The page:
I’ve been thinking a lot about how I learned to be a “Hopeful Parent”.
I realized this week that so much of what I do every day, I learned from my dad. This week marks twelve years since we lost my dad to pancreatic cancer. In honor of him and Pancreatic Cancer Awareness month, I thought I’d share some of the lessons he taught me about parenting a special needs child, without him even knowing it.
Who cares what anyone else thinks? This was usually his response to me when I would point in horror at his ripped sweatpants patched together with duct tape. What will people say when they see you out dressed like that? His answer was always “who cares what anyone else thinks?” As a kid, and especially as a teenager, I was very focused on what other people’s opinions were, as most kids are. My dad’s view was that looks didn’t matter as long as you were comfortable enough with who you are as a person.
I hear that voice in my head a lot these days. After my son’s autism spectrum disorder diagnosis, I worried about what other people would say. Would they view us differently? Treat us differently? I spent a lot of time inside our house to avoid the judging eyes of others. But as I’ve become more comfortable with his diagnosis and my abilities as a parent, I’ve also stopped caring about what others are saying. I can’t wonder what parents at preschool think when I keep my son in the car until the teachers come to the door. I do it so he doesn’t run away from me or get so riled up his whole day is off. We're also going to go to the playground, grocery store and the mall. Those places are for us too. It doesn’t mean that I excuse or accept meltdowns or poor behavior from him in those places. But I will leave with him because I know that behavior is not acceptable there, and not because the mom texting on the park bench is glaring at me.
Use your resources. I’ll admit it, even as a kid I was bad with money. So I was always in need of a summer job and my dad would end up calling someone he knew. I remember resisting this as a teenager – not only was it embarrassing to have your dad making those calls, but even then I wanted to get the job based on my own skills, and not just because he knew the director of the summer program at the Y or played touch football with someone in the Mayor’s office. My dad would tell me that it was ridiculous to not use those connections, and that he was only opening the door for me. I still had to go through the interview and prove myself on the job. And of course, he would always return the favor for the people who helped me.
It’s clear that as parents of special needs kids, we need to use all our resources and connections. We rely on each other for information about treatments, diagnoses, and doctors. We have to share what we know so that others can benefit from our successes and mistakes. It’s also clear that we have to help each other out, and it’s ok to accept that help. Waiting lists are long. Insurance paperwork is hard to understand. If a friend of a friend can make that call to get us in to see a doctor, then let them call. If someone in my support group has had success with a great speech therapist, then I want their number. To be my child’s best advocate, I have to put aside my pride and my desire to do it all on my own. Because we have to help each other. It’s the only way to get through the hardest of days and night. And of course, just like my dad, I will always return the favor and help someone else out as well.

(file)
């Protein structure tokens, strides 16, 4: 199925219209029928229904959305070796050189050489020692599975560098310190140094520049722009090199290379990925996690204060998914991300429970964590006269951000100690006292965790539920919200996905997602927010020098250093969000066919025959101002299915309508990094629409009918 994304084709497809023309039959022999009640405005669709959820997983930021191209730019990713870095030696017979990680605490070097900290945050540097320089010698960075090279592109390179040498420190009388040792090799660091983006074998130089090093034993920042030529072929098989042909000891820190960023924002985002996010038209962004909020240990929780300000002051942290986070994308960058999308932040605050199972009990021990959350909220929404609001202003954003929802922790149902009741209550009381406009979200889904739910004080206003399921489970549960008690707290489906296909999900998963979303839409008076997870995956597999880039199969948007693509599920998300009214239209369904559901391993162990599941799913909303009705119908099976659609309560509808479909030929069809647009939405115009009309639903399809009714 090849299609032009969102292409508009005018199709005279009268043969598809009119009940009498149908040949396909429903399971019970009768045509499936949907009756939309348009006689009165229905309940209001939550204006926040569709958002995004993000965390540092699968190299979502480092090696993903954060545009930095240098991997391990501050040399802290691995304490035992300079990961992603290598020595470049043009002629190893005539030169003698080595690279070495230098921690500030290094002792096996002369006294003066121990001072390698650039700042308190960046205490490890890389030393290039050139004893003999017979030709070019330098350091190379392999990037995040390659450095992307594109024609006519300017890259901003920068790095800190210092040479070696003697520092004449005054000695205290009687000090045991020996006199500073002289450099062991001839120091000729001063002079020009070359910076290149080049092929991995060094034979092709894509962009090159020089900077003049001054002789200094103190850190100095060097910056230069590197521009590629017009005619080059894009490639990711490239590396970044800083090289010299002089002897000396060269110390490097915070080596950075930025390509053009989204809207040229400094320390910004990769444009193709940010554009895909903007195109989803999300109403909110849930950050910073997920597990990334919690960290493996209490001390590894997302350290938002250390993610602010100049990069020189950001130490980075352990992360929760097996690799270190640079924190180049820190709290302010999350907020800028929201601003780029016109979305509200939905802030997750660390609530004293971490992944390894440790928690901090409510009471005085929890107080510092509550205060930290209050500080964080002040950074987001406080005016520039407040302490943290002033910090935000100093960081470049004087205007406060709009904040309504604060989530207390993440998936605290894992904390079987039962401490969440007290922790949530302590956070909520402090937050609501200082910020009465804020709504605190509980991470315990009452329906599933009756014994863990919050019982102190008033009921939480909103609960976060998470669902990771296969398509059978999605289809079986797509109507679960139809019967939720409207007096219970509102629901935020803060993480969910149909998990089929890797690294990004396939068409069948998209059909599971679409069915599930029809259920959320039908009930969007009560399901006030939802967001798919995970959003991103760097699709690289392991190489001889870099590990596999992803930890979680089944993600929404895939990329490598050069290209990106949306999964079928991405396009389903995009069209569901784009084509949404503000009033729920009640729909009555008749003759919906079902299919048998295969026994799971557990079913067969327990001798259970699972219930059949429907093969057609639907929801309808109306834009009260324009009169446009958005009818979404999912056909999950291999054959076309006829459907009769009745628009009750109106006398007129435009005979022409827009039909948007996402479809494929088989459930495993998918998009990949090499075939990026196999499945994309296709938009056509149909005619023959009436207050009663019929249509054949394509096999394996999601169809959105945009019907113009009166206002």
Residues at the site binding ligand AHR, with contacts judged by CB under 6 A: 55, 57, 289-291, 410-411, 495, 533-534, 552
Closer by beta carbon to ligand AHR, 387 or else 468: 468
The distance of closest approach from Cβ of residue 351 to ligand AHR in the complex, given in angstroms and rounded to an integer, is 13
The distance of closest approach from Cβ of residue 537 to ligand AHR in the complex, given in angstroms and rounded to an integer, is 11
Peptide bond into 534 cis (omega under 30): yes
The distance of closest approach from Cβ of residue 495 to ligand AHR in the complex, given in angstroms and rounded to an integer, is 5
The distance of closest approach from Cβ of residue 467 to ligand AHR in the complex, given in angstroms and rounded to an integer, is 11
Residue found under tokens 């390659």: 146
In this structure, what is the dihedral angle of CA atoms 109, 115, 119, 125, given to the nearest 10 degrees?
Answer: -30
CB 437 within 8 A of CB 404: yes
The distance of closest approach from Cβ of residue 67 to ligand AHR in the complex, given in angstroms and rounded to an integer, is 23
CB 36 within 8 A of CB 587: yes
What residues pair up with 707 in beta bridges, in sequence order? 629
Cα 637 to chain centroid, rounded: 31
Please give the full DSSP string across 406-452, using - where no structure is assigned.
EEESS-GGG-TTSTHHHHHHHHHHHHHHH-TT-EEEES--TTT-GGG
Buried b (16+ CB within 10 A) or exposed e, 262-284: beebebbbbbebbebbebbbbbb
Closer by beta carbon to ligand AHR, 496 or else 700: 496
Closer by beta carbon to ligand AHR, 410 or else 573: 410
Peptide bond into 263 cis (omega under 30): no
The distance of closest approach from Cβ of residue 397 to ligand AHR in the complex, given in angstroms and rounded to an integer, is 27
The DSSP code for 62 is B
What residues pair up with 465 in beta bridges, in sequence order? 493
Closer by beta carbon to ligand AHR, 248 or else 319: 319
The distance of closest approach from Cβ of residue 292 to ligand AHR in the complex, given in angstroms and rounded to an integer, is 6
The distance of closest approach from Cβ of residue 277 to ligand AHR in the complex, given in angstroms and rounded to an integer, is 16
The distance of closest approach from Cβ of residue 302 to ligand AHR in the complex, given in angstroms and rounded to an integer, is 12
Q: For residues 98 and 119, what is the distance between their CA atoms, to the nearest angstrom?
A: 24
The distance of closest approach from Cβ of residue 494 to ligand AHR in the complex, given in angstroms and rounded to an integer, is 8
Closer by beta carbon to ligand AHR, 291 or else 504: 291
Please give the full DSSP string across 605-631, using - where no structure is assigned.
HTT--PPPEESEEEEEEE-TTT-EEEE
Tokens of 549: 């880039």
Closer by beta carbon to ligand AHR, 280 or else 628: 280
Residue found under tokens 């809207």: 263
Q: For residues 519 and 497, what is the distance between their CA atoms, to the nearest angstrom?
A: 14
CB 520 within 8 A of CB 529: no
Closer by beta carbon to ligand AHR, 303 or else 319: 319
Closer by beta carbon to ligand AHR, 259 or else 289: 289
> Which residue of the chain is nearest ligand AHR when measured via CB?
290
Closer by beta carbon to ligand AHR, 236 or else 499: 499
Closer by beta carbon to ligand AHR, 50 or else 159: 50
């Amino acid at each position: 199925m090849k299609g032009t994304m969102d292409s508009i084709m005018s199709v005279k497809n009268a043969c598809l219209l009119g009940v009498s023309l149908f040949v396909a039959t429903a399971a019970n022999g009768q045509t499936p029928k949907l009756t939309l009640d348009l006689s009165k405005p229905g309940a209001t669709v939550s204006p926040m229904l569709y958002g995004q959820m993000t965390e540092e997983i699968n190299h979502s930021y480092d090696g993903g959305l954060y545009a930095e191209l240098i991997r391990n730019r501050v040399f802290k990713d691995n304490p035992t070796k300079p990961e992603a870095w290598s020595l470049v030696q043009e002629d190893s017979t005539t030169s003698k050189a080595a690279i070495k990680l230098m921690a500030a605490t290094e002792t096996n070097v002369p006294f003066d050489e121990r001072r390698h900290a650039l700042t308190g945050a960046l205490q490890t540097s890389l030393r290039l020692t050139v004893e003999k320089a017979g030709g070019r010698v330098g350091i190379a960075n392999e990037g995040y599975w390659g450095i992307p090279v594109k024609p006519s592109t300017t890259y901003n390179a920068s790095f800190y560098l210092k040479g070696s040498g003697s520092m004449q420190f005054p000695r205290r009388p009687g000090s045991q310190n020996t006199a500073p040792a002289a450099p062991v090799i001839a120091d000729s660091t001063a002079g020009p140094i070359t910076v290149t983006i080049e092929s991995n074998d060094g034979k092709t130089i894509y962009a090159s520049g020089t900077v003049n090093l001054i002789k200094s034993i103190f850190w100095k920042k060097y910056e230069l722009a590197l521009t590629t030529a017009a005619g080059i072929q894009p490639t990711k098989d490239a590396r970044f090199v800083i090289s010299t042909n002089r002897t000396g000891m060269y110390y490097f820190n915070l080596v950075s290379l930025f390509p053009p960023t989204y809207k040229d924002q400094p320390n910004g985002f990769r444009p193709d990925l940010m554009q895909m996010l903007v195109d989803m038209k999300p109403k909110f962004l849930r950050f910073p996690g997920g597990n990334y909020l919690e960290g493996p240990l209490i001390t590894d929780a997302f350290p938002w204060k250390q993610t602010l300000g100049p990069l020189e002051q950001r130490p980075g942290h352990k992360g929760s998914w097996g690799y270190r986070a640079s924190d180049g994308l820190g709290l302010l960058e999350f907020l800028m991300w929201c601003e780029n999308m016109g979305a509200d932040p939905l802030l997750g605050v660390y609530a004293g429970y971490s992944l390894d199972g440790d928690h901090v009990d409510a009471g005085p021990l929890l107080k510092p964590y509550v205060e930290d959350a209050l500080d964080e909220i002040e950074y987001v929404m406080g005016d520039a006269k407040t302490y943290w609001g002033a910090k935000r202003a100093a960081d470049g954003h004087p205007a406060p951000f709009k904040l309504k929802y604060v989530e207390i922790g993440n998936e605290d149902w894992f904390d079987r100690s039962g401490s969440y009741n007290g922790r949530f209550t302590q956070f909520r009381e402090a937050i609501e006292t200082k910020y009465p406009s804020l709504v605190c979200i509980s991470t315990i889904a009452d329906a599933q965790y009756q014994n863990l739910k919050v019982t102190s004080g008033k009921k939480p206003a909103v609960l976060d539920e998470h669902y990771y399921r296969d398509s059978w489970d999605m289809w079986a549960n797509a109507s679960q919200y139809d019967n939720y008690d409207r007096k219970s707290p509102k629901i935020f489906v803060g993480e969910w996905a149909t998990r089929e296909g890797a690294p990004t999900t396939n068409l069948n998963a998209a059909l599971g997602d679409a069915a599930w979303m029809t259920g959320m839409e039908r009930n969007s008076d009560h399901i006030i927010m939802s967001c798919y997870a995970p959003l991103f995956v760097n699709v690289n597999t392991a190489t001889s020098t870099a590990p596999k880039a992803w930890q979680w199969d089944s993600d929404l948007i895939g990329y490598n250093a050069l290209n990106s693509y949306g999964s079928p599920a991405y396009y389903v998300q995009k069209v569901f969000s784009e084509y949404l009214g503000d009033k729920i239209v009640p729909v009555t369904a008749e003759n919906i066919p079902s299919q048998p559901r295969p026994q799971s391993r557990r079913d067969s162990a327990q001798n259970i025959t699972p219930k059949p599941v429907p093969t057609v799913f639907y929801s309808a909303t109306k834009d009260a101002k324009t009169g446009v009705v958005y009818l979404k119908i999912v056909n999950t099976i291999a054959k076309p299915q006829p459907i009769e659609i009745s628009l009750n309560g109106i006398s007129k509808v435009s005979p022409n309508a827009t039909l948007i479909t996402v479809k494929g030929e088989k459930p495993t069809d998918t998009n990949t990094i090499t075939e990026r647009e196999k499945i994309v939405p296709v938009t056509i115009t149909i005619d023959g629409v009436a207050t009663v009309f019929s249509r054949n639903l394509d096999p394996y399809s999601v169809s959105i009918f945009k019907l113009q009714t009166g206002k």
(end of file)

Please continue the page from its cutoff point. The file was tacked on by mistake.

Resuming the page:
Just relax. My father was always a bit of a homebody. Unless it was going out to eat, or going to play ball, he preferred to just be at home. I have vivid memories of him on the couch reading the newspaper or watching football with my brother. We would sit together to watch the news and talk about it, or keep score while watching Jeopardy on TV. There were trips and activities that we didn’t do because he didn’t want to. And in his mind, that was fine. We didn’t have to be doing something all the time. It was ok to just…be.
This is something I struggle with every day. I feel like every moment needs to be filled with some activity just to keep the chaos at bay. Maybe it’s my third trip to Target that week. Maybe it’s another playdate or a quick run to the supermarket. There’s a constant need to fill up time so there’s no room for life to unravel. But our best moments as a family are sometimes the moments that just happen. A ten minute pillow fight. Two hours of track building and playing with Thomas the Tank Engine trains. All five of us watching Monster Truck Jam on TV and yelling out each truck’s name. Those unstructured moments of just being a family. Those are the activities my kids will remember, not the trip to the store for more toothpaste.
Of course, there were more lessons I learned from him along the way: the head is the chimney of the body so always wear a hat, don’t go out with a wet head, and for goodness sakes, it’s 10 degrees outside – why aren’t you wearing socks!! He left us too soon for him to share these lessons directly with my boys, but I’m hoping that in my own way I’ll be able to teach them what I know now.
At the very least, I’ll let them know it’s ok to go out with duct tape on their pants.
“Oh very young
What will you leave us this time
You’re only dancing on this earth for a short while
And though your dreams may toss and turn you now
They will vanish away like your daddy’s best jeans
Denim Blue fading up to the sky
And though you want them to last forever
You know they never will
And the patches make the goodbye harder still” – Oh Very Young by Cat Stevens
Pancreatic cancer is one of the hardest cancers to detect with one of the lowest survival rates. To learn more, visit www.knowitfightitendit.com.
Alysia Butler is a stay at home mom to three boys, one of whom has autism spectrum disorder. She writes about that and other things at Try Defying Gravity and finally understands Twitter @trydefyinggrav.